• 1. State Indicator Report on Fruits and Vegetables, 2009National Action GuideThe State Indicator Report on Fruits and Vegetables, 2009 for the first time provides information on fruit andvegetable (F&V) consumption and policy and environmental support nationally and by state.The behavioral indicators are derived from objectives for F&V consumption outlined in Healthy People2010, a framework for the nation’s health priorities, and data is from CDC supported state healthsurveillance systems. The policy and environmental indicators are from multiple data sources and measureseveral aspects of a state’s ability to support the consumption of F&V.Fruits and vegetables, as part of a healthy diet, are important for optimal child growth, weight management,and chronic disease prevention. Supporting increased F&V access, availability, and reduced price are keystrategies to help increase F&V consumption and thus improve nutrition.This action guide summarizes the national data and provides potential actions that government andbusiness leaders, coalitions, community-based organizations, and professionals can take to support Americans’ nutrition.Behavioral Indicators U.S. Fruit and Vegetable Consum ptionThe national Healthy People 2010 fruit objective and Daily Frequency Am ong Adults and Adolescentsvegetable objective are to increase the proportion of 100Americans aged at least 2 years consuming daily ≥2 Adults Healthy Peopleservings of fruit to 75% and ≥3 servings of vegetables to 2010 Fruit Adolescents 7550%, respectively. Prevalence Healthy People 2010 VegetableIn this report, national progress towards the fruit objective, 50vegetable objective, and both fruit and vegetable 32.8 32.2 27.4objectives are assessed from the F&V survey items 25 13.2 14.0included as a 6-item frequency screener in the 2007 9.5Behavioral Risk Factor Surveillance System (adults aged ≥ 018 years) and the 2007 Youth Risk Behavior Surveillance ≥2 Fruit ≥3 Vegetables Both ≥2 Fruit and ≥3System (adolescents in grades 9-12). VegetablesPolicy and Environmental Indicators Promote the Availability of Healthier Food Retail in Communities Strategies and policies to improve the food environment can aid fruit and vegetable access, availability, and affordability. The indicators below represent key areas in which policy and environmental support can help make changes in people’s community access to fruits and vegetables.National Data Range Across States• 72% of census tracts have healthier food retailers located within the tract or within 1/2 mile of tract 56 - 84% boundaries• 8 states have a state-level policy for healthier food retail -• 1.7 farmers markets per 100,000 US residents 0.2 - 10.5• 8% of farmers markets accept electronic benefits transfer (EBT) 0 - 50%• 28% of farmers markets accept WIC Farmers Market Nutrition Program coupons 0 - 94%Potential Action Items• Provide financial and nonfinancial incentives to food retailers to open new stores and/or to offer healthier food and beverage choices at existing stores, including fruits and vegetables, in areas with few healthy food options.1, 2• Provide support for farmers markets to purchase wireless electronic benefit transfer (EBT) devices to make it possible for them to accept Supplemental Nutrition Assistance (SNAP) and WIC Program EBT cards.2• Engage in outreach and education to encourage residents of lower-income neighborhoods and SNAP and WIC recipients to use farmers markets and farm stands where they are available.2• Improve zoning and transportation policies to make supermarkets, grocery stores, and farmers markets more accessible in communities.2Resources:o PolicyLink offers a tool for concerned residents, policymakers, business leaders, and advocates ideas and strategies for improving access to healthy food in underserved communities: Planning for Healthy Places is a program of the Public Health Law & Policy at the Public Health Institute. This resource provides Model General Plan Language to Protect and Expand Farmers Markets: Leadership for Healthy Communities Action Strategies Toolkit is a guide for local and state leaders working to create healthy communities and prevent childhood obesity: Department of Health and Human Services, Centers for Disease Control and Prevention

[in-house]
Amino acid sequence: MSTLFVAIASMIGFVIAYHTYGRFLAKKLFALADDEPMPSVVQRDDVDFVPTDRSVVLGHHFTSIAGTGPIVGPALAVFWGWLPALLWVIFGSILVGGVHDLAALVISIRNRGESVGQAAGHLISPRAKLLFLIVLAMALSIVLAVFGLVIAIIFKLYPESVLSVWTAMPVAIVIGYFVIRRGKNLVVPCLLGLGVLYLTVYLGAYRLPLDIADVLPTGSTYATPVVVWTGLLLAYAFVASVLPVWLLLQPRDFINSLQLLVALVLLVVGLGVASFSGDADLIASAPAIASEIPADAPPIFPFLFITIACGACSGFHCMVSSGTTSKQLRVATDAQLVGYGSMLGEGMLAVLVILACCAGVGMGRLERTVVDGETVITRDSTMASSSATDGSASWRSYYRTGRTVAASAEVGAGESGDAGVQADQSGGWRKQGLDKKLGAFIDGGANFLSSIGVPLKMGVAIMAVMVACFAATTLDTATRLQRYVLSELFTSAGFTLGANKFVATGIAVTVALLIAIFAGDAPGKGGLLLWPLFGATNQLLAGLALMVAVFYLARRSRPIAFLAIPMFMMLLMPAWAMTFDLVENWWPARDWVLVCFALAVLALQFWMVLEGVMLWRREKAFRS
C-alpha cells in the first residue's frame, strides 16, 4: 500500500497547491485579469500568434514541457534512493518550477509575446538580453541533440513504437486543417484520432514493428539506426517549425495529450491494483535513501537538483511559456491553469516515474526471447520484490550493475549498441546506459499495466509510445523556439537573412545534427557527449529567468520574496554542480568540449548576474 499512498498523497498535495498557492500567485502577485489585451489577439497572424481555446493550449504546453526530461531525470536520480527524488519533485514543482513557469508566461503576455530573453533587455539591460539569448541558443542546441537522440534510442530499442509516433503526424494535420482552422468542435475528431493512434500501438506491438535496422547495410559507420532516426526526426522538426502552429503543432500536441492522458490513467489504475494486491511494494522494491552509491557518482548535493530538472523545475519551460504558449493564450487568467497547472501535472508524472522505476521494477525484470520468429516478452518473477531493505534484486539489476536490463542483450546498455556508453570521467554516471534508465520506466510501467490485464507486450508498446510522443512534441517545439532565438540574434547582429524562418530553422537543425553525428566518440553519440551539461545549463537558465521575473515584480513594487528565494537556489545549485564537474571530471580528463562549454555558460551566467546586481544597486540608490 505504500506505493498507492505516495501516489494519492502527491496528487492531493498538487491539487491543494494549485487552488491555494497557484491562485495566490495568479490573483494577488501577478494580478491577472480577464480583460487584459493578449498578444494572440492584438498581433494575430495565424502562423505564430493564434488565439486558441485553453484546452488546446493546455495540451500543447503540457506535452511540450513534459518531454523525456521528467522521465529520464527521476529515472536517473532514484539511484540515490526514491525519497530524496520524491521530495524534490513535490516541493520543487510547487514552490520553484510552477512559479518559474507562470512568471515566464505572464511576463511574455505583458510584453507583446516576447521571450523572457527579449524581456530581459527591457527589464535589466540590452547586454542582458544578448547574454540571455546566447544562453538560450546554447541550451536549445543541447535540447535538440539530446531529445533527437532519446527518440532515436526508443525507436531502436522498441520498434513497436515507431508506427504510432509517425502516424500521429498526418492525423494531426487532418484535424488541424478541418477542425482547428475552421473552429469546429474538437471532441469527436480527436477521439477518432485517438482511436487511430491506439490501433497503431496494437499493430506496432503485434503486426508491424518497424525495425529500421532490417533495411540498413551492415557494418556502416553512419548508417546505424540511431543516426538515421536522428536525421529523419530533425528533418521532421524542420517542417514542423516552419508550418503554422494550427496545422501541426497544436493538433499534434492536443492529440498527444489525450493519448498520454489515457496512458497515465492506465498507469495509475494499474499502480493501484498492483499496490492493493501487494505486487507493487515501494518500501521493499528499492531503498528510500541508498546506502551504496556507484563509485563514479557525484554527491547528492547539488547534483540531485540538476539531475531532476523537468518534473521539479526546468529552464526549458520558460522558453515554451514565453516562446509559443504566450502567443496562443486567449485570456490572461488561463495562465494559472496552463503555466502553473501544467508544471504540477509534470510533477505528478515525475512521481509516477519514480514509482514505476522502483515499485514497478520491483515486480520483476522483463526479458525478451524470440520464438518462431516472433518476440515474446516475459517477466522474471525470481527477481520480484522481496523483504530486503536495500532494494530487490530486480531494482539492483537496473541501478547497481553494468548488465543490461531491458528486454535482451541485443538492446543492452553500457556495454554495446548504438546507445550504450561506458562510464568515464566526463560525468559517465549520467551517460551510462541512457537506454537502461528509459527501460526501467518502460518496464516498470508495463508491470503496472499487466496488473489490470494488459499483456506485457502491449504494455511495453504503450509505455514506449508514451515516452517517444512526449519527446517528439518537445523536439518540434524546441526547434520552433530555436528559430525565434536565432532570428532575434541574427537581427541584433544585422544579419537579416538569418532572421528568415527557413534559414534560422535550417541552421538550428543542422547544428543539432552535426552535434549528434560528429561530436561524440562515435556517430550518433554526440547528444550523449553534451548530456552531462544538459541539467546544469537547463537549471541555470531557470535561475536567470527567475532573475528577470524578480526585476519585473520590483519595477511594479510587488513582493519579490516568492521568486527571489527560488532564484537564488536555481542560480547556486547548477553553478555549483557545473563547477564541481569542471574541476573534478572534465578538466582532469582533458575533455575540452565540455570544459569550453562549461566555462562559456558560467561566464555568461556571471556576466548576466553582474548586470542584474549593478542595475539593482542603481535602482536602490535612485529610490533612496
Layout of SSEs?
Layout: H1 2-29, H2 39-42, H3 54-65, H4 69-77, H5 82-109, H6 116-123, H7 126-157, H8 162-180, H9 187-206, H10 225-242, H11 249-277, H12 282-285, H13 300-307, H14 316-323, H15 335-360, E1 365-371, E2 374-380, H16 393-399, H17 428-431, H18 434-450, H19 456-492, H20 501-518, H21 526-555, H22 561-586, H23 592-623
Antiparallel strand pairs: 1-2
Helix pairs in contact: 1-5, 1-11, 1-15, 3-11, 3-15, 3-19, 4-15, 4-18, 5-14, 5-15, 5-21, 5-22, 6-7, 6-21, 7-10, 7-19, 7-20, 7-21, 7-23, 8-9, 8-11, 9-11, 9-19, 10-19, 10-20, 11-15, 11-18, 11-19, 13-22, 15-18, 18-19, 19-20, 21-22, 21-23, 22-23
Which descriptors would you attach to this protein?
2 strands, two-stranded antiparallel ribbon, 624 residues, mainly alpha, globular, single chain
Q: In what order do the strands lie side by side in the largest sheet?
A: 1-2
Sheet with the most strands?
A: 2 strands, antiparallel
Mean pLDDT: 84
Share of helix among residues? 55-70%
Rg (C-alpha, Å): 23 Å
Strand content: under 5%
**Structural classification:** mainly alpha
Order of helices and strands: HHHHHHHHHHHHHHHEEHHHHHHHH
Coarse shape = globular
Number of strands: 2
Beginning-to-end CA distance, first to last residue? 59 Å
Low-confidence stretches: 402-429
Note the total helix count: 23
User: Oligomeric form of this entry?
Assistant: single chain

• 2. Promote the Availability of Healthier Foods and Nutrition Services in Schools Schools are uniquely positioned to model and reinforce healthful eating behaviors such as increasing knowledge of and access to fruits and vegetables on the school campus and at school-related activities. Schools have the ability to provide fruits and vegetable not only to youth, but also teachers, other school staff, parents and community members.National Data Range Across States• 21%* of middle and high schools offer fruits and non-fried vegetables as competitive foods 0 - 39%• 21 states have a state-level policy for Farm to School -*Average percentage across participating states.Potential Action Items• Establish nutrition standards for competitive foods as part of school wellness policies. These standards could require that fruits and vegetables are available and affordable whenever food is offered to students.3• Support policies at all levels that address the availability of competitive foods in schools.3• Monitor and evaluate the implementation and enforcement of nutrition standards.3• Support Farm-to-School initiatives and policies as a way for schools to purchase food from local farms.1Resources:o Council of State Governments, School Wellness Policies, Legislator Policy Brief provides information on the need for legislator intervention in school wellness policies: BC5617940019/0/SchoolWellnessPoliciesFINAL.pdfo CDC resource that provides Local Wellness Policy Tools & Resources for school setting: National Farm to School organization site provides how-to guides, policies, and information about collaborating organizations: Encourage Food System Support A systems approach to food considers the many factors involved in getting fruits and vegetables from farm to consumer including aspects of food production, processing, and distribution. Also included in a food system approach are the participants in that system, including farmers, processors, industries, workers, governments, retailers, institutional purchasers, communities, and consumers.National Data Range Across States• 2.5% of U.S. cropland acreage is harvested for fruits and vegetables 0 - 42.9%• 20 states have a state-level Food Policy Council -• 59 local Food Policy Councils exist around the country 0 - 14Potential Action Items• Organize a Food Policy Council or similar coalition to promote environment and policy change initiatives for healthy eating.1 Members could consist of stakeholders from the broad food system, including government officials; farmers; representatives from local businesses, including food retailers, processors, and distributors; public health practitioners; institutional purchasers; neighborhood associations; and consumers.• Adopt policies that encourage the production, distribution, or procurement of food from local farms.1Resources:o Building local food systems: A planning guide. Rochester, NY: Center for Popular Research, Education and Policy and New York Sustainable Agriculture Working Group, 2006. The North American Food Policy Council site is a component of the Community Food Security Coalition. Their website lists those councils mandated or managed by state governments, a sample budget, how-to guides, and suggested policies: ResourcesCDC is part of the National Fruit and Vegetable Program ( which aims to increase the consumptionof F&V for improved public health. The website highlights a number of tools, recipes, and other resources.The State Indicator Report on Fruits and Vegetables, 2009 including data sources, national and state-by-state data is available at CDC Division of Nutrition, Physical Activity and Obesity website provides many resources that support states and communities tomake changes through policy and environmental approaches for healthy eating. Available at: For more information and feedback contact indicator_reportFV@cdc.govReferences1. Keener, D., Goodman, K., Lowry, A., Zaro, S., & Kettel Khan, L. (2009). Recommended community strategies and measurements to prevent obesity in the United States: Implementation and measurement guide. Atlanta, GA: U.S. Department of Health and Human Services, Centers for Disease Control and Prevention. IOM (Institute of Medicine). 2009. Local Government Actions to Prevent Childhood Obesity. Washington, DC: The National Academies Press. IOM (Institute of Medicine). 2007. Nutrition Standards for Foods in Schools: Leading the Way Toward Healthier Youth. Washington, DC: The National Academies Press. to non-Federal organizations are provided solely as a service to our users. These links do not constitute an endorsement of these organizations ortheir programs by CDC or the Federal Government, and none should be inferred. CDC is not responsible for the content of the individual organization Webpages found at these links. Department of Health and Human Services, Centers for Disease Control and Prevention